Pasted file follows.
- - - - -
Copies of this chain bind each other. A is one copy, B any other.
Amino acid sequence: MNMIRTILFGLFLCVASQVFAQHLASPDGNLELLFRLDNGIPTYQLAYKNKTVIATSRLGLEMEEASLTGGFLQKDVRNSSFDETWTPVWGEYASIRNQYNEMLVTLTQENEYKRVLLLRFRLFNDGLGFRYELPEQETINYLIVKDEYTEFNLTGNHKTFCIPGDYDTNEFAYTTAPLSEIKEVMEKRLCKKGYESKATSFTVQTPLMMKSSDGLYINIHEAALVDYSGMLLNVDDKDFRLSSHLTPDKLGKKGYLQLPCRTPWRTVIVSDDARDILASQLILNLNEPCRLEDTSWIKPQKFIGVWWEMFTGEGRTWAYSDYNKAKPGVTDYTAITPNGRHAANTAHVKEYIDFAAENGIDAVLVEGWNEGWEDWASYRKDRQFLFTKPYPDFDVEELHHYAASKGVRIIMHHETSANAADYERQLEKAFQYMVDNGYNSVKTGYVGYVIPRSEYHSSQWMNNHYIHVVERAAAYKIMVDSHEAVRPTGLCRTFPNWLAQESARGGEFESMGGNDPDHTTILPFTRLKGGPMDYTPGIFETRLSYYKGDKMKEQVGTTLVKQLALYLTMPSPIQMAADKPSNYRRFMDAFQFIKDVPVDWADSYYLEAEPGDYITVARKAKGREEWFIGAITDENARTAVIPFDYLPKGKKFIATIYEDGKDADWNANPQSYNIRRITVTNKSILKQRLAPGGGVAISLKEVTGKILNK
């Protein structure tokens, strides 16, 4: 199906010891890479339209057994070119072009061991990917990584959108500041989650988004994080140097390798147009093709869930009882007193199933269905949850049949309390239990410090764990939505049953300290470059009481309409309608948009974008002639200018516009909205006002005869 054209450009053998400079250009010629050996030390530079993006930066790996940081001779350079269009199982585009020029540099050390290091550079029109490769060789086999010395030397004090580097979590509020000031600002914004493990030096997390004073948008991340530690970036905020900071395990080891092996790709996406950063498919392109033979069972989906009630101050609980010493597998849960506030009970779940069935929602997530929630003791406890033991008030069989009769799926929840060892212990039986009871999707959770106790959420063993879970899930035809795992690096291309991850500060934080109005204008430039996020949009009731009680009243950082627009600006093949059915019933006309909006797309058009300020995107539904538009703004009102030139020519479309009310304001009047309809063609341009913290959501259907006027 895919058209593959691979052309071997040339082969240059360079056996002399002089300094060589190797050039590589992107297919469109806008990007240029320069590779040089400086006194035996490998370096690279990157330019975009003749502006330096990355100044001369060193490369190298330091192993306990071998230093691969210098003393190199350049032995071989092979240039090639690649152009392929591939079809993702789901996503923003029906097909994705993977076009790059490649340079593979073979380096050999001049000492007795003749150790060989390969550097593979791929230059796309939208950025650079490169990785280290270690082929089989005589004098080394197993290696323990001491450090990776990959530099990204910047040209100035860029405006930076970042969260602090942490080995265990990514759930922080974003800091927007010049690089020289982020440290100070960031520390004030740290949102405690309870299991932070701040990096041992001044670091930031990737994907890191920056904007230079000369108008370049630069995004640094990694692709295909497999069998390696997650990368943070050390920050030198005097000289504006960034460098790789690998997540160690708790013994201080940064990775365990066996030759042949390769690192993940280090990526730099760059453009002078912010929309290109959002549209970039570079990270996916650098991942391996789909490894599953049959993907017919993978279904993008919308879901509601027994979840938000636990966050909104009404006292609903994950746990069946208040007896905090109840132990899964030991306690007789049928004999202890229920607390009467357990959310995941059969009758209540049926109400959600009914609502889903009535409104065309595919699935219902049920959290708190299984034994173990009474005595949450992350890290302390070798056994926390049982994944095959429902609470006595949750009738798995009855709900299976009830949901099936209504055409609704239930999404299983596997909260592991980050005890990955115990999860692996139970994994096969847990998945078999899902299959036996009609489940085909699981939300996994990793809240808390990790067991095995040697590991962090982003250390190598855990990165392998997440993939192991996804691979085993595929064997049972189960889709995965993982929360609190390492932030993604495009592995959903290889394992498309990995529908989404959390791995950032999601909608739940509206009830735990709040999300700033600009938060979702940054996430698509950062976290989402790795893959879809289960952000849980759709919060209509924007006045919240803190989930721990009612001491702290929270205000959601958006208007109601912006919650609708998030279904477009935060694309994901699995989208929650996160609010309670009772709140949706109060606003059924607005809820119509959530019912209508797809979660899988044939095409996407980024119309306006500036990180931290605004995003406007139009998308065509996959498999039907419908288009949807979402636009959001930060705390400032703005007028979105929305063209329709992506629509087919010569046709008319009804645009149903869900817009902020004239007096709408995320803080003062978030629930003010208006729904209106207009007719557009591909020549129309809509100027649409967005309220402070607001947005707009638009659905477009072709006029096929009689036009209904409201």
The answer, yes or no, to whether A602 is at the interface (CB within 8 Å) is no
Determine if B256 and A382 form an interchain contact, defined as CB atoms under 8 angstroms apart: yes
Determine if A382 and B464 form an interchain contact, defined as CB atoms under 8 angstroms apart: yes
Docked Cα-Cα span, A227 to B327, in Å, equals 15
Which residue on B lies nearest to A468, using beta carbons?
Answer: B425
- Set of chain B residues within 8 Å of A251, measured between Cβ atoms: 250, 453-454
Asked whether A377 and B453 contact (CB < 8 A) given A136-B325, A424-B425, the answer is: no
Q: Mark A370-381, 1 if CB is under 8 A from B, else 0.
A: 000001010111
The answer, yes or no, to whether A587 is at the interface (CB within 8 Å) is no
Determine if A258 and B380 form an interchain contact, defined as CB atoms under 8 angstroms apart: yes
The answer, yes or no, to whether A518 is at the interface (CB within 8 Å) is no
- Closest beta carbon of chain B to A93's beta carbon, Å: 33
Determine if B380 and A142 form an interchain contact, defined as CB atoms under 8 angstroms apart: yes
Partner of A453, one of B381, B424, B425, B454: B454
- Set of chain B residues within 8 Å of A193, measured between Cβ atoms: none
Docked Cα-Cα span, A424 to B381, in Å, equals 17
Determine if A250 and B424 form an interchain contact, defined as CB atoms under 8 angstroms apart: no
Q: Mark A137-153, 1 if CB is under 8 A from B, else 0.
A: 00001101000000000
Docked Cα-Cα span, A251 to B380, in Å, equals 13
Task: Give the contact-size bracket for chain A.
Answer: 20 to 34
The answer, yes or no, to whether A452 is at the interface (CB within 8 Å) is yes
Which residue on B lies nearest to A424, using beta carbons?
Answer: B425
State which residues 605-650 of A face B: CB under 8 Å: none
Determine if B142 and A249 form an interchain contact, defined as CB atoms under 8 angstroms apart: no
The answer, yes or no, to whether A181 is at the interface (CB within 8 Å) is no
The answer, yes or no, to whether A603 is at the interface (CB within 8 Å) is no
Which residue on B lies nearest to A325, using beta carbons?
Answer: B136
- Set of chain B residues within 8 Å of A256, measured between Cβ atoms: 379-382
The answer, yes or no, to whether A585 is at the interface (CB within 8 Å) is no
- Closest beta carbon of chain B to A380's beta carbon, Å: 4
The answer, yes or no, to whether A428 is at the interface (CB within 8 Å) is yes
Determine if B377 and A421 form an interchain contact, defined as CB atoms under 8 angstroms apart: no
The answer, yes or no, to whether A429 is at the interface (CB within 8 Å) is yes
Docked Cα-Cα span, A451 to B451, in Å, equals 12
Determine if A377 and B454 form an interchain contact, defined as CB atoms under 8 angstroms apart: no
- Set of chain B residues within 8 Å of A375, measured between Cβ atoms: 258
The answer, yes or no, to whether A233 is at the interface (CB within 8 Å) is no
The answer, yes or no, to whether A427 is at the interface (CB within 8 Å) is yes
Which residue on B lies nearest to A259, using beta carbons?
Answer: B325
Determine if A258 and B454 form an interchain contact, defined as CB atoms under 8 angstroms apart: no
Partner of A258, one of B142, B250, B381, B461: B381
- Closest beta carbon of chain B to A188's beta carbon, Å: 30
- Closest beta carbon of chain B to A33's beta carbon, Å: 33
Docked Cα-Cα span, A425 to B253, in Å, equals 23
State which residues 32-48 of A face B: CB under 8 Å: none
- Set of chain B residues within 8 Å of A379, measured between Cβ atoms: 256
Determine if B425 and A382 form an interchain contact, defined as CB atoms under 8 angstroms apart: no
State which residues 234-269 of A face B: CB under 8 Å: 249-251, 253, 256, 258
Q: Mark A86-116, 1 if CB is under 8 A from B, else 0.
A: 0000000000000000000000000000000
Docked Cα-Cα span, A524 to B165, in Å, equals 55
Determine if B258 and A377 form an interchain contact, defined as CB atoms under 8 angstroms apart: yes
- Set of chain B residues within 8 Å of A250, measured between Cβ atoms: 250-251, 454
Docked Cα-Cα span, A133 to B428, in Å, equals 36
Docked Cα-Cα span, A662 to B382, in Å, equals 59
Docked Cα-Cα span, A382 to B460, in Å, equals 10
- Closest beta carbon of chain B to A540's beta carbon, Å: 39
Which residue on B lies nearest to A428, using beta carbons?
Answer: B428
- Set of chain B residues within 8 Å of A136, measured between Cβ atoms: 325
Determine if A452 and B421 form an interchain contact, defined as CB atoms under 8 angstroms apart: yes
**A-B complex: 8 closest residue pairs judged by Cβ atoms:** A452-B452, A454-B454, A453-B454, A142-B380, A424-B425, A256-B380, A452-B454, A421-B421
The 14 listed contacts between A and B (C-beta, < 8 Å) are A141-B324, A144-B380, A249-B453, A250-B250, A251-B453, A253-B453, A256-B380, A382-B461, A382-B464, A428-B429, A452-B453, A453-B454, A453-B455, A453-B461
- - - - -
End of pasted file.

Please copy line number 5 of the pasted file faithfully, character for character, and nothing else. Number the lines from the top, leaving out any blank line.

Determine if B256 and A382 form an interchain contact, defined as CB atoms under 8 angstroms apart: yes